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Rabbi Avraham Arieh Trugman

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43rd Day of the Omer: Jerusalem -- The Heart of the World

Posted: 05/20/2012 2:17 pm

The portion of Bamidbar is usually read the week before Shavuot. Therefore, it also falls in close proximity to Jerusalem Day, which occurs a week earlier. Jerusalem Day commemorates the day during the 1967 Six Day War on which Jewish rule returned to the unified holy city for the first time in almost 2,000 years. The flags or banners mentioned in this portion -- "Every man by his banner, with the insignia of their father's house ... they shall camp" (Numbers 2:2) -- allude to Jerusalem Day in several beautiful ways.

The Torah relates that the tribes camped "every man by his flag." The numerical value of the Hebrew word for flag or banner (degel) is 37, the same as the numerical value of the Hebrew phrase "the heart" (halev). Since antiquity Jerusalem has been termed "the heart" of the Jewish people, the place that most symbolizes the Jewish nation's collective purpose and mission. The reunification of Jerusalem truly captured the collective imagination of the Jewish people as many of the prophecies of old predicting this awesome event were fulfilled.

Furthermore, the flags in the desert represent the individual's deepest longing for meaning and purpose in life -- his or her heartfelt desire. The phrase "his flag" (diglo) has the numerical value of 43, the very day in the counting of the Omer (the days counted from Pesach to Shavuot) that Jerusalem was reunited. On this day the Jewish people as individuals and as a collective regained their hearts' desire.

In the Song of Songs (2:4) the following verse appears: "He brought me to the house of wine and his banner over me was love." The Sages read the entire book as a divinely inspired allegory symbolizing the love between God (the lover) and the Jewish people (the beloved). However, "the house of wine," in this verse, has been interpreted in several different ways. The Sages interpreted it as either an allegory for the Holy Temple or the Torah. Thus, even though the verse is written in the past tense, it can be read as a prayer that God bring us to His Third Temple and fulfill us with His Torah. Furthermore, since the Hebrew word for "wine" has the numerical value of 70, the verse has also been read to allude to the 70 archetypal nations that were welcomed in the first two Temples. Thus, this verse in Song of Songs can also be read as a prayer that God usher in the era when His love will encircle us and flutter above us like a beautiful banner and all the peoples of the earth will recognize and praise Him. Indeed, the Third Temple is actually called "a house of prayer for all peoples" (Isaiah 56:7), for it will be built in the Messianic era when all nations will come to worship God in true fellowship.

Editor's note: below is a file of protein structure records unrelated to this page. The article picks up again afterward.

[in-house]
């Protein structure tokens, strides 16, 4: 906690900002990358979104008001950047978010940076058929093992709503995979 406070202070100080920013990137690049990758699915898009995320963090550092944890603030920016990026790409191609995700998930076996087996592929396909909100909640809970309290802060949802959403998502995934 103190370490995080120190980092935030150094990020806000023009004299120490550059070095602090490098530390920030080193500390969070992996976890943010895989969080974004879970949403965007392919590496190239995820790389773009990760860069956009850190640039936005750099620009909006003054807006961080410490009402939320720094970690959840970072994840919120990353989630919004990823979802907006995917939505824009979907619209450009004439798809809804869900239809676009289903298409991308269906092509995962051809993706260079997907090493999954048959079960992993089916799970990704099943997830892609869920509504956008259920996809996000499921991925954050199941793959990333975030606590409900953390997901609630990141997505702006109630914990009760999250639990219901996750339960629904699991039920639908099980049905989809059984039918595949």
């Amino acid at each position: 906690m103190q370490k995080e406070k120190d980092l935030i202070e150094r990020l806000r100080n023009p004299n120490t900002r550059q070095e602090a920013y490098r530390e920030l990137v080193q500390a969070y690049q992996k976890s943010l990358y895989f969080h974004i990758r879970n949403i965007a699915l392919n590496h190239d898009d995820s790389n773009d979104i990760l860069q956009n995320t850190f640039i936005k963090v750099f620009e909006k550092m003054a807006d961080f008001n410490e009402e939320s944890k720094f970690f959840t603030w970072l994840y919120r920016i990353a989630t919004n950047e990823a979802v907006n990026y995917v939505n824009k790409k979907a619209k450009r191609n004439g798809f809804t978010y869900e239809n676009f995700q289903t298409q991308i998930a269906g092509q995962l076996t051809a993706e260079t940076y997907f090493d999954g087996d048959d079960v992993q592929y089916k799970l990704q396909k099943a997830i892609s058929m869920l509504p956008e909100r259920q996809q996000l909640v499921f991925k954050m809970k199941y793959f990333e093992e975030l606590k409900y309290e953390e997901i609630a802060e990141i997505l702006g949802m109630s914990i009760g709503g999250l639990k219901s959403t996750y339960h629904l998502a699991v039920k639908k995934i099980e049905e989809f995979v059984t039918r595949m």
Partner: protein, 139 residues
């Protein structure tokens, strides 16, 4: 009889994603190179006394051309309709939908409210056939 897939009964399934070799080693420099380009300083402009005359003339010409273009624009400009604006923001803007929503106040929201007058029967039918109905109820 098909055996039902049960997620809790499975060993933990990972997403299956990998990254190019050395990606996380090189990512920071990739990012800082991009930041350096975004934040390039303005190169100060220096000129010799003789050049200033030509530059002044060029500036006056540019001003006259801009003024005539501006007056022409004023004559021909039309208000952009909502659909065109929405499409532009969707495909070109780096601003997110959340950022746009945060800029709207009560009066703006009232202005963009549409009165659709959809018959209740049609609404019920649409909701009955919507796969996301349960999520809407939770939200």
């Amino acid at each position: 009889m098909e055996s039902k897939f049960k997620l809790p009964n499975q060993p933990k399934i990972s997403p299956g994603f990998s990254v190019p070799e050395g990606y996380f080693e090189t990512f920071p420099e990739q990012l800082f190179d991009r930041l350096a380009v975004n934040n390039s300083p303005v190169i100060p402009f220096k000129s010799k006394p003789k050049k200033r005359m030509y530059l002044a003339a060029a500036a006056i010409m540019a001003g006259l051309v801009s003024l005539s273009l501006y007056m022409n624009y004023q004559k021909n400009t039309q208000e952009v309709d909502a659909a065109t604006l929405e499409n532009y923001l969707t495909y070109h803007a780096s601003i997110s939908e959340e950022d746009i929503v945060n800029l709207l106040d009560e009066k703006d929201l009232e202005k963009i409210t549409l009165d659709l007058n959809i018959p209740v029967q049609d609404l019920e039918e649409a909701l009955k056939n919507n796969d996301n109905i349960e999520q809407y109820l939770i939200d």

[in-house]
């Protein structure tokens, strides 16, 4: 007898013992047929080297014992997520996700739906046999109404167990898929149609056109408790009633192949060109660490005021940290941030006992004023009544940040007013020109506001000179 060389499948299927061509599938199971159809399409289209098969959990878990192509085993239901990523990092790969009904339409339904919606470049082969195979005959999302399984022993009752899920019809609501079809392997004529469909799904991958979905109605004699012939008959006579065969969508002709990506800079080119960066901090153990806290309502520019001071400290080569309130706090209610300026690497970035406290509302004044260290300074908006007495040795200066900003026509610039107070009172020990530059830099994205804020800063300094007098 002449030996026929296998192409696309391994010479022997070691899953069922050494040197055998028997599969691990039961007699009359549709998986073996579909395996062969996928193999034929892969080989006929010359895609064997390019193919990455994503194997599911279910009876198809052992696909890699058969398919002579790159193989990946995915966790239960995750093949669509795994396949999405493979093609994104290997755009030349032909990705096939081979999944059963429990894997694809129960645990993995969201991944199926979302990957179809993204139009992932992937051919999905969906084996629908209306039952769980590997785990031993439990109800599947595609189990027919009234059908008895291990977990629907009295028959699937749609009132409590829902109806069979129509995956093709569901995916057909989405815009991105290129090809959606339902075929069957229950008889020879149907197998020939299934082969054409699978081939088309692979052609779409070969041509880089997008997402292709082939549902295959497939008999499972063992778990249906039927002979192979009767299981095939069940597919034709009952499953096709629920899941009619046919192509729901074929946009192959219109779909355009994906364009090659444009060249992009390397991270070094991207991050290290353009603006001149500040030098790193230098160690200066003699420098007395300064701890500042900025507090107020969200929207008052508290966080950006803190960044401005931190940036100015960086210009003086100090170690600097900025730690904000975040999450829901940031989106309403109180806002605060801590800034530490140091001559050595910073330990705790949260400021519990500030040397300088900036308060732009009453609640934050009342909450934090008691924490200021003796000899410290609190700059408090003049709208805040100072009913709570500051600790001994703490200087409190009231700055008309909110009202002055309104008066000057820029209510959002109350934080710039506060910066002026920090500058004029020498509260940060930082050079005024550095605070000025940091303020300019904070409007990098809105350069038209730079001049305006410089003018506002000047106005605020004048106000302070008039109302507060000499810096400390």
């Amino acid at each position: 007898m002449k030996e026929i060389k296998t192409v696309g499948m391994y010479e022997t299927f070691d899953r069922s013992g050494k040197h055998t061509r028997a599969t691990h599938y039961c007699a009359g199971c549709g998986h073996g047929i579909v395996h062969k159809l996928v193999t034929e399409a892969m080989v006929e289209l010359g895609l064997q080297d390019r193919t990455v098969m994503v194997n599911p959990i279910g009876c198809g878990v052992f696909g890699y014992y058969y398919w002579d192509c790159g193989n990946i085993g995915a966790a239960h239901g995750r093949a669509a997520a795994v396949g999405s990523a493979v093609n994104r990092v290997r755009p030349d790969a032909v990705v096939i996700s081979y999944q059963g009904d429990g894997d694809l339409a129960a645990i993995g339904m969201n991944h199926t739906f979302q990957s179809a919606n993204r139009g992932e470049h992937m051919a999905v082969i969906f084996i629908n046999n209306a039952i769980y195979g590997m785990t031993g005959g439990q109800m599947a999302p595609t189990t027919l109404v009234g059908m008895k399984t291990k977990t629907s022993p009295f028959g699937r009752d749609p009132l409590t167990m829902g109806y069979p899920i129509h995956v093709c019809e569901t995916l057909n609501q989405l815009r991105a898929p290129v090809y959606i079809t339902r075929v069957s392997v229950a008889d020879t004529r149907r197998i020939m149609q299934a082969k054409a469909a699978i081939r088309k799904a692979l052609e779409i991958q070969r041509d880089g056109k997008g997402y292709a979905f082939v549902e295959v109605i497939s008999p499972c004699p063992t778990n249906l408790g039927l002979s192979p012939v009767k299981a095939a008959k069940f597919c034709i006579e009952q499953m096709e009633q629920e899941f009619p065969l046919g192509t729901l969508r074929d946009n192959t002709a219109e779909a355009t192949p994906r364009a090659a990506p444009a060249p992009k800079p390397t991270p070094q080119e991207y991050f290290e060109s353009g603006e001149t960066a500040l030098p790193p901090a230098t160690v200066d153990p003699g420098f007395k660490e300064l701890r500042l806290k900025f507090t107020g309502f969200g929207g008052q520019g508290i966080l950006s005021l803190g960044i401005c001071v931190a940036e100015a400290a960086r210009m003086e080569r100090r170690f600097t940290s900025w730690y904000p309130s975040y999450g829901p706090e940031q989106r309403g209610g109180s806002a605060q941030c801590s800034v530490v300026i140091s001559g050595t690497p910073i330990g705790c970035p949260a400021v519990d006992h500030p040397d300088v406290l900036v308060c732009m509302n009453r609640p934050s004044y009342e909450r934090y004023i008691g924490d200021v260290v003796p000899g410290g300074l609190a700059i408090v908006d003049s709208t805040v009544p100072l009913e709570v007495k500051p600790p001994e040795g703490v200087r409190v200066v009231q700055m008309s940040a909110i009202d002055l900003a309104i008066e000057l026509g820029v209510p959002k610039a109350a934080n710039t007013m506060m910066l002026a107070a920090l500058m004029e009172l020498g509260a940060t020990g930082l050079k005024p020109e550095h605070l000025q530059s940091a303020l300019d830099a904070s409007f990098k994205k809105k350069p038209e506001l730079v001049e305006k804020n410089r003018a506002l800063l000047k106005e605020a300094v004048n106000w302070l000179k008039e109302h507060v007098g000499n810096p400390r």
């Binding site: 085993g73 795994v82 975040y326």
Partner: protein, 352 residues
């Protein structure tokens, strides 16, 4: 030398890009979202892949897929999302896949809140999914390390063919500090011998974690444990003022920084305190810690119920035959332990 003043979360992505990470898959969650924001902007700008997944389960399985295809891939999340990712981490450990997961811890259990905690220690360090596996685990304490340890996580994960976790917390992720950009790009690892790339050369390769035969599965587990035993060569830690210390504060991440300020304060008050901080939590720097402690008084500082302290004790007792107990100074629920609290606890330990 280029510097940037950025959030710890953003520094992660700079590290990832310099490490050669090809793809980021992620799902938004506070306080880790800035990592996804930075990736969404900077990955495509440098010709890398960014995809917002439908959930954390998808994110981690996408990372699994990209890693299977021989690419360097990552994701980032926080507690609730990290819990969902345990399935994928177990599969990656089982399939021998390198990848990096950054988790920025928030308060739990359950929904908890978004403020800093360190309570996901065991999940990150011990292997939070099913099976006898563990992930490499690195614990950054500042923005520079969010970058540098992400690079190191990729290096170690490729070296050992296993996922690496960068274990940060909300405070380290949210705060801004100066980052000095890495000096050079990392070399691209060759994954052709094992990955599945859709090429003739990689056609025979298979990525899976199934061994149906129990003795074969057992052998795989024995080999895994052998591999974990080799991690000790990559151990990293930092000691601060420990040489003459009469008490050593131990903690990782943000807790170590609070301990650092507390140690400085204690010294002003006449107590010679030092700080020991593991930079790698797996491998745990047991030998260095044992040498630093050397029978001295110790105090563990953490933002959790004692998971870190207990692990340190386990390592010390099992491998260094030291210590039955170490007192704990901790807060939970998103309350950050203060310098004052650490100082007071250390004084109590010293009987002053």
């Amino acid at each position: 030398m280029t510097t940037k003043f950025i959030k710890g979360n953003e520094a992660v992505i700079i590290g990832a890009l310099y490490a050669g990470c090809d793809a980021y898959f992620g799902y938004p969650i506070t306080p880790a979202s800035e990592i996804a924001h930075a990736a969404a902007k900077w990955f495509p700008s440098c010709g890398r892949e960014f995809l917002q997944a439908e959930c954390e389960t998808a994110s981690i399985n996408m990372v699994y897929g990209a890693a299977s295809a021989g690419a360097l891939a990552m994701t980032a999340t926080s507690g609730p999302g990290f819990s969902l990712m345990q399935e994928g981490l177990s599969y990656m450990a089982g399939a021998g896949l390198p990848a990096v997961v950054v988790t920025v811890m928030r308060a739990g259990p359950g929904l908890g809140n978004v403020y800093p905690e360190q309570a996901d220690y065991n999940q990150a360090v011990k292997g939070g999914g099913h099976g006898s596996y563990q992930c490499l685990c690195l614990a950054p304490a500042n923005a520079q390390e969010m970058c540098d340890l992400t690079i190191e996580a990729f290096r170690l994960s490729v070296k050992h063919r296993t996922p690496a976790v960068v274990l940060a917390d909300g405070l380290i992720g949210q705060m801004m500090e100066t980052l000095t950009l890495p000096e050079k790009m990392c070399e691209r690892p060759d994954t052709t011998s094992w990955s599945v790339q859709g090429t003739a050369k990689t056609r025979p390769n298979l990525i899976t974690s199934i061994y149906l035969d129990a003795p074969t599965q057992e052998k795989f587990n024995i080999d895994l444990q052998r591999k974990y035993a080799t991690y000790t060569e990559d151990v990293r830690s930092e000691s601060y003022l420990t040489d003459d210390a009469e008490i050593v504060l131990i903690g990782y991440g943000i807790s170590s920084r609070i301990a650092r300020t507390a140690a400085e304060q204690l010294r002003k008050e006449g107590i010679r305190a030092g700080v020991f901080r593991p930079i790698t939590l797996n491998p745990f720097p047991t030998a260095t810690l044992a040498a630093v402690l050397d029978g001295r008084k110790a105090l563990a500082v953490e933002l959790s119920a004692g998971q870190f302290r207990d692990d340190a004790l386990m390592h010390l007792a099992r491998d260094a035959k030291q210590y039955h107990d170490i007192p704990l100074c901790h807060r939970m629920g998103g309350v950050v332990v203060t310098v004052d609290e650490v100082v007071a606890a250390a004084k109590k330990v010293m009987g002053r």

The Torah often plays on the numerical equivalency between the Hebrew word for "wine" (yayin) and the Hebrew word for secret (sod). Thus, in a play on words, the Sages taught: "When wine goes in -- the secret comes out" (Eruvin 65a). This equivalency also leads to wine oftentimes symbolizing the sod, the secrets of the Torah. This correspondence is alluded to in the second verse of Song of Songs: "Let Him kiss me with the kisses of his mouth for they are sweeter than wine." "Kisses of his mouth" alludes to the deep secrets of the Torah that when revealed to the Jewish soul, bring about the most intimate closeness between God and Israel. This spiritual "wine" is sweeter than any physical pleasure this world can offer. Thus, God bringing us into his "house of wine" can also allude to His returning us to Jerusalem, for the prophets prophesize that "Torah will come out of Zion and the word of God from Jerusalem" (Isaiah 2:3). At that time "the knowledge of God will fill the world like the waters cover the sea" (Isaiah 11:9).

Jerusalem from time immemorial has been the heart of the Jewish people. A request for its rebuilding is included in our prayers three times a day and all Jews, no matter where in the world, face Jerusalem to pray. Jerusalem not only represents the Jewish people's deepest longings but also has always been our capital city. It is the flag by which every Jew camps and in the future it will take on this role for humanity.

For more on the Omer, join the conversation and community by visiting the liveblog on HuffPost Religion, which features blogs, prayers, art and reflections for all 49 days of spiritual renewal between Passover and Shavuot.

 
 
 

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